to envision – to imagine; to have an idea about how something will be before it is made or happens

* When she planned their vacation, she had envisioned a week of resting on the beach, but her husband wanted to go to a different museum everyday.

charge – responsibility for some work or project; control over a project

* Why did Zayed give Bill charge of the new account? Everyone thought Clarrisa would lead the project.


to not be crazy about (something) – to not like something; to not be pleased with something

* Rachelle wasn’t crazy about the idea of going to Florida for Christmas, but her husband and children really wanted to go.


off the mark – wrong; incorrect; not matching what is needed or expected

* Your comments to Anita about her behavior at the ceremony were really off the mark. I don’t think she behaved inappropriately at all.


to come up with something – to make something; to create something; to produce something; to think of something

* Yung came up with a great way to increase the company’s sales.


out in left field – not rational or logical; crazy; not useful or effective

* When he was younger, everyone said that his business ideas were out in left field, but today he’s a millionaire!


to need work – to need improvement; to not be finished or completed

* The story is interesting, but the ending still needs some work.


Let’s just say that... – An expression meaning that the words that follow are an understatement (the feelings are stronger than the words)

* Do I want to make more money? Let’s just say that I wouldn’t say “no” if the company offered it to me.

room for improvement – not perfect; can be improved

* Even though everyone said that her paintings were beautiful, the artist still saw room for improvement.


comment – something that is said or written to give one’s opinion about something

* Don’t you know that you should never make a comment about a woman’s weight or age?


to hold off – to wait to do something later; to delay something

* I know we had planned to study for the exam tonight, but can we hold off until tomorrow? I’m really tired.


feedback – one’s opinion about whether something is good or bad and how it can be improved

* Receiving negative feedback is difficult, but it’s usually helpful.


to take the reins – to lead something; to be in control of something

* When Danitsa got sick, her co-worker had to take the reins on all her projects.


big deal – something that is very important

* Graduating from a university with honors is a big deal. You must be so proud of your granddaughter!

Comprehension Questions
1. What does Walt like best about Russ’s new design for the brochure?
a) The left field.
b) The featured old products.
c) The cover.

2. Why does Walt thank Noriko?
a) Because she is going to give Russ all of Walt’s feedback.
b) Because she is going to arrange a meeting with Russ.
c) Because she is giving Walt very good feedback.

Answers at bottom.

What Else Does It Mean?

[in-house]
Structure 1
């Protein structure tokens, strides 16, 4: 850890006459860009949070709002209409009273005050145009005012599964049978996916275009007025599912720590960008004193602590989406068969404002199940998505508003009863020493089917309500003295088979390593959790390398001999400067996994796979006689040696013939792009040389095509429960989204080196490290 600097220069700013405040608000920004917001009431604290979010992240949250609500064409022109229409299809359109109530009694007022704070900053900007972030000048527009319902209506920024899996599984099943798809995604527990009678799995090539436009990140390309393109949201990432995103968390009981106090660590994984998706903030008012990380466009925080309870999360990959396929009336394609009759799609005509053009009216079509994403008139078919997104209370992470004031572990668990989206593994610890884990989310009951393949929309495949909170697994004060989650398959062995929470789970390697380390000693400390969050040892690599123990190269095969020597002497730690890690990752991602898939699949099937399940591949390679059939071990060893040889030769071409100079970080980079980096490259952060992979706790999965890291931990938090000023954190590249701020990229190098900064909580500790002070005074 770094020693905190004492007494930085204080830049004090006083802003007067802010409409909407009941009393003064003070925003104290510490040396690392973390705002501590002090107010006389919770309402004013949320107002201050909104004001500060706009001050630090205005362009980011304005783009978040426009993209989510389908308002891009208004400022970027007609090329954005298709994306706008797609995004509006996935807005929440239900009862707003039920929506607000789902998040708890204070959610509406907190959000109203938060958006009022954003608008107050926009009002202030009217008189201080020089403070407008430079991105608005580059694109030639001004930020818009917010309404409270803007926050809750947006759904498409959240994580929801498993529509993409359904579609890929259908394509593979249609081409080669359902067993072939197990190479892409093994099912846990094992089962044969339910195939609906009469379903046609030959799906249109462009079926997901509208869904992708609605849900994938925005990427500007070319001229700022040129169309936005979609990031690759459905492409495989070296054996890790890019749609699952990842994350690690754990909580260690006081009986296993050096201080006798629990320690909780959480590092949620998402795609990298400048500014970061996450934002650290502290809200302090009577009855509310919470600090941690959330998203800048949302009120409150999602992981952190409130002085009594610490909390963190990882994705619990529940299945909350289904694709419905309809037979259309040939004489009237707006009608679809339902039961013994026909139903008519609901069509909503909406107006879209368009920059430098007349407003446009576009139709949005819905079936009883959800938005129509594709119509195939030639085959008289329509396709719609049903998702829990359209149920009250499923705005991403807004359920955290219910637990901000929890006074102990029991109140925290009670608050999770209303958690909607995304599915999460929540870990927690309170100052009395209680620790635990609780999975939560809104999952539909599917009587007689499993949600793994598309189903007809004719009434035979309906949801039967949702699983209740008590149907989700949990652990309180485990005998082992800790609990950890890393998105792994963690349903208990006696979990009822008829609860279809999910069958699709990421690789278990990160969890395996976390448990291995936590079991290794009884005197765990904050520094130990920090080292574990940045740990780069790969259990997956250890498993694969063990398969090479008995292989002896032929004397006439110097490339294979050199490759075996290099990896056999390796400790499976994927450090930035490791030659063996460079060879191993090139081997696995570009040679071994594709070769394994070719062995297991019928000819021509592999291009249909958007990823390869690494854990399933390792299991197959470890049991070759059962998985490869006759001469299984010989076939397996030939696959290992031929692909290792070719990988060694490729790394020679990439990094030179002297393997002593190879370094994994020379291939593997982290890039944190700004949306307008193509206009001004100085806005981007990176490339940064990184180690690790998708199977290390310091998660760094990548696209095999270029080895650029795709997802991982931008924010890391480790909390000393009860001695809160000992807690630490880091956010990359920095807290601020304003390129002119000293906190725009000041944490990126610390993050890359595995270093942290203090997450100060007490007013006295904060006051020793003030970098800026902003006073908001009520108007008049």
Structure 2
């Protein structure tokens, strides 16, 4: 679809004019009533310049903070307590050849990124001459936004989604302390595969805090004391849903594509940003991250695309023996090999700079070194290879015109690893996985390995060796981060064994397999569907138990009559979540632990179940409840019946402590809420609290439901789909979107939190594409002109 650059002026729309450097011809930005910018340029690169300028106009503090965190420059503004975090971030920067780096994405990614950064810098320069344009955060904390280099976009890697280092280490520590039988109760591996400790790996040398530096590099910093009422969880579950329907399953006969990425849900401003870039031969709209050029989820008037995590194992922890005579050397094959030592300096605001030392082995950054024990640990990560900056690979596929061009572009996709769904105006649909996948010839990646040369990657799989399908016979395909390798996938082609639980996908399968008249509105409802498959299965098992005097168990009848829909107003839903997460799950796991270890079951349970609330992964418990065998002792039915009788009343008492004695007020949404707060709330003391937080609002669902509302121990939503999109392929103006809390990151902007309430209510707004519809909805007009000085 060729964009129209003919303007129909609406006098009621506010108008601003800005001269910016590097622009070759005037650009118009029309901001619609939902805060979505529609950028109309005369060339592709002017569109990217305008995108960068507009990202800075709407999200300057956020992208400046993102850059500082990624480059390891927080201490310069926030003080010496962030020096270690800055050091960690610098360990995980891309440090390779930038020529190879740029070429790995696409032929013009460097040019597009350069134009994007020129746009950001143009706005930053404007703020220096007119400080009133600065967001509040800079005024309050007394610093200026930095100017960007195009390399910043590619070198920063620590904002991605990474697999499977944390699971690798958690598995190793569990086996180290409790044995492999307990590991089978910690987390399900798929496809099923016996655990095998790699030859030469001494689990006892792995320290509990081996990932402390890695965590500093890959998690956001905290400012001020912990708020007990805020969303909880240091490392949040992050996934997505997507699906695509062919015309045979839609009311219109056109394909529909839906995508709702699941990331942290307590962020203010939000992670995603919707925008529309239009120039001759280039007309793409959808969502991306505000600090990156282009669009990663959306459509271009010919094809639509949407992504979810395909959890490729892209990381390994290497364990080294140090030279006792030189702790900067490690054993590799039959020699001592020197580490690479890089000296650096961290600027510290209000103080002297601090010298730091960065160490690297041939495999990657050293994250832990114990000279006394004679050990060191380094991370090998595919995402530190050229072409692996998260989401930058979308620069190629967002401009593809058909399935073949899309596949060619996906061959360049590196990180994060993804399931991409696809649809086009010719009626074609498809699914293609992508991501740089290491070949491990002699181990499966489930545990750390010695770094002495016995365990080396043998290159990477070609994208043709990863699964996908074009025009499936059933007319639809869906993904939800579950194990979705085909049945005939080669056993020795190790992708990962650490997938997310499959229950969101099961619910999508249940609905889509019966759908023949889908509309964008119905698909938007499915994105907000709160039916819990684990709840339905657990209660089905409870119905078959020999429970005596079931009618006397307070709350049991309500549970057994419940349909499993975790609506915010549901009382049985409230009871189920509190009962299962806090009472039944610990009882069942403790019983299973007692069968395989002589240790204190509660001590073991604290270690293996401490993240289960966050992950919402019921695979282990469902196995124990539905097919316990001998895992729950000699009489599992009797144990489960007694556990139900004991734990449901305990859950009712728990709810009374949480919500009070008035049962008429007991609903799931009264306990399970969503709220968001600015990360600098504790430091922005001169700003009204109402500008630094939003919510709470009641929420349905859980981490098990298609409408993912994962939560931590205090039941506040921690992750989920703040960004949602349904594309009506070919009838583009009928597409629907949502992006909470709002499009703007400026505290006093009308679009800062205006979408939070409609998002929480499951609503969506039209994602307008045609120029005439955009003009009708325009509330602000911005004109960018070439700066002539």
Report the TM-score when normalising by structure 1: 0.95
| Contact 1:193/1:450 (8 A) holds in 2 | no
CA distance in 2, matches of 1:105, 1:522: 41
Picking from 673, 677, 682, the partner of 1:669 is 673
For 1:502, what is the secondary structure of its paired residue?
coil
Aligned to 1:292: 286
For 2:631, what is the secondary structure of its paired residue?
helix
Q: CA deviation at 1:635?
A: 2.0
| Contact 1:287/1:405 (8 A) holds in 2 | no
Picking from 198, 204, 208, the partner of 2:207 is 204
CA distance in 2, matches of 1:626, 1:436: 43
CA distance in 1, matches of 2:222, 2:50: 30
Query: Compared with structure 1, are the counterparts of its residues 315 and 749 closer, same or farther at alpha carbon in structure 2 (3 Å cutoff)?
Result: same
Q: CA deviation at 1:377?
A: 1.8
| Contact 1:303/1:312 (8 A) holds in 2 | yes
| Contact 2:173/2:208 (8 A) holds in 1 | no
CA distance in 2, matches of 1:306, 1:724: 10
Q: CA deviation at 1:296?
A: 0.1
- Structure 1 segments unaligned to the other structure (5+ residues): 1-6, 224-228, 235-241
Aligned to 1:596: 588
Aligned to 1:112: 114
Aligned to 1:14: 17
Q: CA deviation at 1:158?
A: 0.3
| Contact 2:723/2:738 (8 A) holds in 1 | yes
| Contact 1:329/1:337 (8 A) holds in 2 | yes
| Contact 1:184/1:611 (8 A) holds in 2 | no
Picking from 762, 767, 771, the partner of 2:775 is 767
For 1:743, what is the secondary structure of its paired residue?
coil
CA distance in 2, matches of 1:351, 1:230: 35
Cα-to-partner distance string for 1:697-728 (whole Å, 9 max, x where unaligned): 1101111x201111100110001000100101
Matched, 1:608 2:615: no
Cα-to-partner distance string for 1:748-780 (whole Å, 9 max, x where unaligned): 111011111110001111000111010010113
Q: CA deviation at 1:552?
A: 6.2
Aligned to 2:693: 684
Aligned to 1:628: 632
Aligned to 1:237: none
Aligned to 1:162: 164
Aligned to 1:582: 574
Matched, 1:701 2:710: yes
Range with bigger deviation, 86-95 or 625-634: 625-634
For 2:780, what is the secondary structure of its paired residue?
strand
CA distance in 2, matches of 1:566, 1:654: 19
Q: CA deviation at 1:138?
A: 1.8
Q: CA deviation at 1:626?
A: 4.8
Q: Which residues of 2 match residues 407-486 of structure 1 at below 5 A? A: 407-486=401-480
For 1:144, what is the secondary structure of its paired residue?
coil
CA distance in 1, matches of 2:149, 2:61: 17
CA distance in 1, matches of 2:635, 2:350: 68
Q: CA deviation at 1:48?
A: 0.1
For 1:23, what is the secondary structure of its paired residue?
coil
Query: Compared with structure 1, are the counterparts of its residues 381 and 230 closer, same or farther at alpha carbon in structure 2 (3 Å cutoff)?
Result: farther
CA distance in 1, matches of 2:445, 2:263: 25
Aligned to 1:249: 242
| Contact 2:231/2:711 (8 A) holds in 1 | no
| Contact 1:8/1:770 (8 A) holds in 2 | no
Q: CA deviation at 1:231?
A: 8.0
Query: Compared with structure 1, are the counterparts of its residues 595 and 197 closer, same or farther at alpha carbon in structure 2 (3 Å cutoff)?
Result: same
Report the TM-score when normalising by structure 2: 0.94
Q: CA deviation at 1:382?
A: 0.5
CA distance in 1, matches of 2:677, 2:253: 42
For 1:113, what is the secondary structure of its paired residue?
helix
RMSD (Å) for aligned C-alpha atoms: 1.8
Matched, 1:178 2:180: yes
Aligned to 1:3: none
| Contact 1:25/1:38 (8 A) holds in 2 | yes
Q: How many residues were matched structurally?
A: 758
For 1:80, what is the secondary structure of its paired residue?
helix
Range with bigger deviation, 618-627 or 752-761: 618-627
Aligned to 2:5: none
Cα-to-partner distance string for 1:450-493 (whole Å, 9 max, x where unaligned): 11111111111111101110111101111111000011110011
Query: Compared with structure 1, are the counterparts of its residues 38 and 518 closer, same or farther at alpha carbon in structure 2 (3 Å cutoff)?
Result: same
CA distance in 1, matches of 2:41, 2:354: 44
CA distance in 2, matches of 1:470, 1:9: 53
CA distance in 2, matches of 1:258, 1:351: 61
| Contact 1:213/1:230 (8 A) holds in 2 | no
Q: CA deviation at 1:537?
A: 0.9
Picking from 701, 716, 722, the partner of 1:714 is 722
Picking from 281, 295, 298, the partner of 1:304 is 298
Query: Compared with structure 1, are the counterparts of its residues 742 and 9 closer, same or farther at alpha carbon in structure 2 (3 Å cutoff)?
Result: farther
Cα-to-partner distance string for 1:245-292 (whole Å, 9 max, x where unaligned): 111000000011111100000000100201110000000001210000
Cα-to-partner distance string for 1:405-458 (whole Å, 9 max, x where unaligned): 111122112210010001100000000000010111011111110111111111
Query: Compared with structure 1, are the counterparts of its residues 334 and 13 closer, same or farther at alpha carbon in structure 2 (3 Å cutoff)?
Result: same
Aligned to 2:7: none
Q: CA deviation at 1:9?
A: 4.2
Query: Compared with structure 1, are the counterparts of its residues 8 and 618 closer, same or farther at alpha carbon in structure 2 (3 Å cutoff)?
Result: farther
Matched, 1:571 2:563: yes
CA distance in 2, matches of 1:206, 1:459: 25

to look over

The phrase “to look over (something),” in this podcast, means to quickly review a written document to give one’s opinion: “Clementine looked over hundreds of resumes before she decided to interview these three candidates.” The phrase “to look into (something)” means to examine or investigate something: “Is anyone looking into the reasons why students don’t graduate?” The phrase “to look back on (something)” means to think about something that happened in the past: “Looking back on my childhood, I can clearly see how wonderful my parents were.” The phrase “to look ahead to (something)” means to think about something that will happen in the future: “Kristin is only 12 years old, but she’s already looking ahead to college.” The phrase “to look forward to (something)” means to think with pleasure or happiness about something that will happen in the future: “We’re all looking forward to our summer vacation in Hawaii.”

shoot

In this podcast, the word “shoot” is used to let someone know that one wants him or her to say or do something: “Ivan, it’s your turn. Shoot!” The word “shoot” is also used to show disappointment or frustration: “Oh, shoot! I left my jacket at the office.” As a verb, “to shoot” means to use a gun: “The policeman shot the criminal in the leg” (“shot” is the past tense of “shoot”). “To shoot” can also mean to make a movie or a photograph: “Where did you shoot this photo?” “To shoot down” means to disapprove of or say no to someone’s idea: “At the meeting, Erma wanted to change the project deadline, but Irma shot down that idea right away.”

Culture Note
CULTURE NOTE

In the United States, most companies have similar “corporate structures,” which are the titles and positions of the people who work in the company. A company is led by a “board of directors,” a small group of people who have responsibility for the company, but do not work there every day. The “board of directors” manages the company “president,” who has more responsibility than anyone else who works in the company.

The president usually works closely with the CEO (chief executive officer), CFO (chief financial officer), COO (chief operating officer), and CIO (chief information officer). In a very large company with “many locations,” or offices in different places, there are also “regional managers” who are responsible for the company’s work in each “region” or area, such as the West Coast or the South.

Each region has many stores or “branches” (office locations). Each of these locations has a “store manager” or “branch manager” who is responsible for all the business in that location. The branch manager or store manager “hires” or selects people for the jobs in the branch or store.

A large company often has many “management layers,” meaning that the lowest employee and the president are separated by many managers. This can make communication difficult, and many companies are now trying to reduce the number of management layers that they have.

One good thing about working for a large company with a “standard” or normal corporate structure is that if you do your work well, it is relatively easy to “move up” in the company and get a better job with more responsibility and a higher salary.

Comprehension Answers
1 - c

2 - b